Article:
All You Need To Know About Veneers

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This is basic information about Veneer that could be useful to you in time of need … now or perhaps sometime in the future.

What exactly is Veneer:

Veneer is an alternative to solid wood furniture. In woodworking, it refers to thin slices of wood, usually thinner than 3 mm (1/8 inch), that typically are glued onto core panels (typically, wood, particle board or medium-density fiberboard) to produce flat panels such as doors, tops and panels for cabinets, parquet floors and parts of furniture.

Types:
Raw Veneer
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Raw veneer are sliced or rotary cut then dried, bundled and sold as a full flitch or individual “leaves” of veneer.

Paper-backed Veneer
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Paperbacked veneer is a real wood veneer permanently bonded to a paper backing.

Phenolic-backed veneer
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A phenolic back is basically a plastic resin that backs a sheet of wood veneer.

Various uses:

Masonry – veneer is a layer of bricks used to cover the surface of a wall, but which does not add any additional strength to the structure. It is used to make a building or wall more visually appealing without interfering with the structural integrity.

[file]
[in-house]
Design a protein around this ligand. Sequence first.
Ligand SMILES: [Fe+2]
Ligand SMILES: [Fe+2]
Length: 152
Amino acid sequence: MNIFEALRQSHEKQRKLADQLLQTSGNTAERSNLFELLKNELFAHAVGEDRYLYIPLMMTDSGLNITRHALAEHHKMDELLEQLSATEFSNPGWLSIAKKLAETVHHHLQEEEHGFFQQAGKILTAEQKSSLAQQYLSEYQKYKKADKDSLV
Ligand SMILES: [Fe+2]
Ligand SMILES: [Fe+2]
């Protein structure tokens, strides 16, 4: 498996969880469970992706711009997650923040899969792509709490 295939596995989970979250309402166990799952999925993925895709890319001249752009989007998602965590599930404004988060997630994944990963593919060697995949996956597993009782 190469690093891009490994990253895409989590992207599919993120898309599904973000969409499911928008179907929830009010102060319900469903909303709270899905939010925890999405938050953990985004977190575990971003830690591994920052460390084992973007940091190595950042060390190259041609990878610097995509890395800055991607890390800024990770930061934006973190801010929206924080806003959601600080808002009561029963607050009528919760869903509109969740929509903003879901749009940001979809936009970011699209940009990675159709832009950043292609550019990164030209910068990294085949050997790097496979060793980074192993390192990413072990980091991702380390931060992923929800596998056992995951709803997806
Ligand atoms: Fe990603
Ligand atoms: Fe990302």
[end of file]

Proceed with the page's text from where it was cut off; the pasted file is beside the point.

Stonework – Stone or brick veneer is used in many different construction applications, although most commonly to build homes. It is created by pouring a light concrete mixture into stone-shaped molds and allowing it to harden. The end result is a faux stone that can be applied to buildings and walls for decorative purposes. As in masonry, this covering does not bear the load of the wall or increase the strength of the structure to which it has been applied.

Other End Uses of Veneer
  • Cabinet interiors and exteriors
  • Desk and Table tops
  • Kitchen tops
  • Doors
  • Drawers
  • Furniture
  • Shelves
  • Wall Paneling
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Yes…it can and is used for all the above. Still need more reason?

Ok, then here’s the WHY!

Why Veneer:

Veneer furniture is often cheaper. It is easily available for smaller budgets, specifically first time homeowners. Convenient, right?

Due to the fact that it is manufactured instead of being harvested like solid-wood, veneers can be designed to give the appearance of a wider variety of wood finishes.

You can often find pieces that have been made to look like a more exotic species of wood that may not be available in many solid wood collections.

Veneer also can provide a more uniform finish and be easier to match to when adding pieces to a previously decorated room. For all the room décor aficionados, this should be encouraging.

So, all-in-all, this is really great substitute for the regular woodwork, provided you take care of what material you are using to put underneath the veneer.

Great, you are now, almost, an expert on Veneer. Go out and show off your knowledge!

P.S:
Dentistry usage!

Ya…you’ve probably already heard about this…or may be not…but this is also a use!

Veneer, here, refers to a thin layer of material that is placed over the surface of a tooth. This is done in order to improve the appearance of the tooth, or to protect its surface from damage.